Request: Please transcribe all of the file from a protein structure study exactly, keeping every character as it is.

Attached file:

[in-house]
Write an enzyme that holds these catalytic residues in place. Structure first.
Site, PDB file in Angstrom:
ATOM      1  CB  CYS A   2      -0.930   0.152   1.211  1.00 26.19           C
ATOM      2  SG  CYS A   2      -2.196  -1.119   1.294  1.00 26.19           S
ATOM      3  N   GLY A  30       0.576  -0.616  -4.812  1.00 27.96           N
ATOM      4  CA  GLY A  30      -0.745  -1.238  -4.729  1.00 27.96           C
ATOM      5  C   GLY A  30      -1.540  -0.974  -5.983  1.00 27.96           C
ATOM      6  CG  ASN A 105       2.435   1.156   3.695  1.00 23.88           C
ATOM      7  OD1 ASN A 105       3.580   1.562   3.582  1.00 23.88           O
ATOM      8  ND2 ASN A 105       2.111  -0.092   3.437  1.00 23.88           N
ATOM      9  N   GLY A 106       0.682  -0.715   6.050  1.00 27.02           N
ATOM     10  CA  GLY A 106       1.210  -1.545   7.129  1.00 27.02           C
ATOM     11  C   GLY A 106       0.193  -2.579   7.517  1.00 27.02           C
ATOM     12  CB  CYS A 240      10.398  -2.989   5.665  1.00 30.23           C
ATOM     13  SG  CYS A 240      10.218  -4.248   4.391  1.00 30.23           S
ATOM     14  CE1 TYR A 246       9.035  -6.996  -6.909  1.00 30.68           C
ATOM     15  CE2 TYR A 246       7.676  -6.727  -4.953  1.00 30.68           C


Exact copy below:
[in-house]
Write an enzyme that holds these catalytic residues in place. Structure first.
Site, PDB file in Angstrom:
ATOM      1  CB  CYS A   2      -0.930   0.152   1.211  1.00 26.19           C
ATOM      2  SG  CYS A   2      -2.196  -1.119   1.294  1.00 26.19           S
ATOM      3  N   GLY A  30       0.576  -0.616  -4.812  1.00 27.96           N
ATOM      4  CA  GLY A  30      -0.745  -1.238  -4.729  1.00 27.96           C
ATOM      5  C   GLY A  30      -1.540  -0.974  -5.983  1.00 27.96           C
ATOM      6  CG  ASN A 105       2.435   1.156   3.695  1.00 23.88           C
ATOM      7  OD1 ASN A 105       3.580   1.562   3.582  1.00 23.88           O
ATOM      8  ND2 ASN A 105       2.111  -0.092   3.437  1.00 23.88           N
ATOM      9  N   GLY A 106       0.682  -0.715   6.050  1.00 27.02           N
ATOM     10  CA  GLY A 106       1.210  -1.545   7.129  1.00 27.02           C
ATOM     11  C   GLY A 106       0.193  -2.579   7.517  1.00 27.02           C
ATOM     12  CB  CYS A 240      10.398  -2.989   5.665  1.00 30.23           C
ATOM     13  SG  CYS A 240      10.218  -4.248   4.391  1.00 30.23           S
ATOM     14  CE1 TYR A 246       9.035  -6.996  -6.909  1.00 30.68           C
ATOM     15  CE2 TYR A 246       7.676  -6.727  -4.953  1.00 30.68           C